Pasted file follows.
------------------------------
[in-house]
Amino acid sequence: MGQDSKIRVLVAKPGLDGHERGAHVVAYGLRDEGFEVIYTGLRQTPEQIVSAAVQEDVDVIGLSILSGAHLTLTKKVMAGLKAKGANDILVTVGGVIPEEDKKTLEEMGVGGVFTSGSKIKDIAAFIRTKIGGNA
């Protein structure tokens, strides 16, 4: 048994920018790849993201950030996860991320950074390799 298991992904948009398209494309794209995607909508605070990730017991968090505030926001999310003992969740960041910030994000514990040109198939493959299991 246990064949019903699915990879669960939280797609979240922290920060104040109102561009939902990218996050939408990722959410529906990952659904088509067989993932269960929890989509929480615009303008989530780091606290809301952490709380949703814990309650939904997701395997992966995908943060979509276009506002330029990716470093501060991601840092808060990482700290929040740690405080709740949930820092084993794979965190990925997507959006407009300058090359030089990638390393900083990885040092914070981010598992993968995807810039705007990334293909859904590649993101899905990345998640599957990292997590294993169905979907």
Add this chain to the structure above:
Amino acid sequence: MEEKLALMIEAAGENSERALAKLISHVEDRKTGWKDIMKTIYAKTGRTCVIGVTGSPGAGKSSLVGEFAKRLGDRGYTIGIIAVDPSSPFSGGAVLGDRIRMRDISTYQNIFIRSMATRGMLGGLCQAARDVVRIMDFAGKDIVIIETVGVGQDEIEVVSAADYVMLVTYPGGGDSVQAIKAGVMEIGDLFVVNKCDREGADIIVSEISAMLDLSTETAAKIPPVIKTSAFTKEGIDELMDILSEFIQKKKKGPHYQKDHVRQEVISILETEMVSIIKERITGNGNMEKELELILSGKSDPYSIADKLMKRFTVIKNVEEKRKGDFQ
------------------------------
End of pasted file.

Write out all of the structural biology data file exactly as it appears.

[in-house]
Amino acid sequence: MGQDSKIRVLVAKPGLDGHERGAHVVAYGLRDEGFEVIYTGLRQTPEQIVSAAVQEDVDVIGLSILSGAHLTLTKKVMAGLKAKGANDILVTVGGVIPEEDKKTLEEMGVGGVFTSGSKIKDIAAFIRTKIGGNA
């Protein structure tokens, strides 16, 4: 048994920018790849993201950030996860991320950074390799 298991992904948009398209494309794209995607909508605070990730017991968090505030926001999310003992969740960041910030994000514990040109198939493959299991 246990064949019903699915990879669960939280797609979240922290920060104040109102561009939902990218996050939408990722959410529906990952659904088509067989993932269960929890989509929480615009303008989530780091606290809301952490709380949703814990309650939904997701395997992966995908943060979509276009506002330029990716470093501060991601840092808060990482700290929040740690405080709740949930820092084993794979965190990925997507959006407009300058090359030089990638390393900083990885040092914070981010598992993968995807810039705007990334293909859904590649993101899905990345998640599957990292997590294993169905979907």
Add this chain to the structure above:
Amino acid sequence: MEEKLALMIEAAGENSERALAKLISHVEDRKTGWKDIMKTIYAKTGRTCVIGVTGSPGAGKSSLVGEFAKRLGDRGYTIGIIAVDPSSPFSGGAVLGDRIRMRDISTYQNIFIRSMATRGMLGGLCQAARDVVRIMDFAGKDIVIIETVGVGQDEIEVVSAADYVMLVTYPGGGDSVQAIKAGVMEIGDLFVVNKCDREGADIIVSEISAMLDLSTETAAKIPPVIKTSAFTKEGIDELMDILSEFIQKKKKGPHYQKDHVRQEVISILETEMVSIIKERITGNGNMEKELELILSGKSDPYSIADKLMKRFTVIKNVEEKRKGDFQ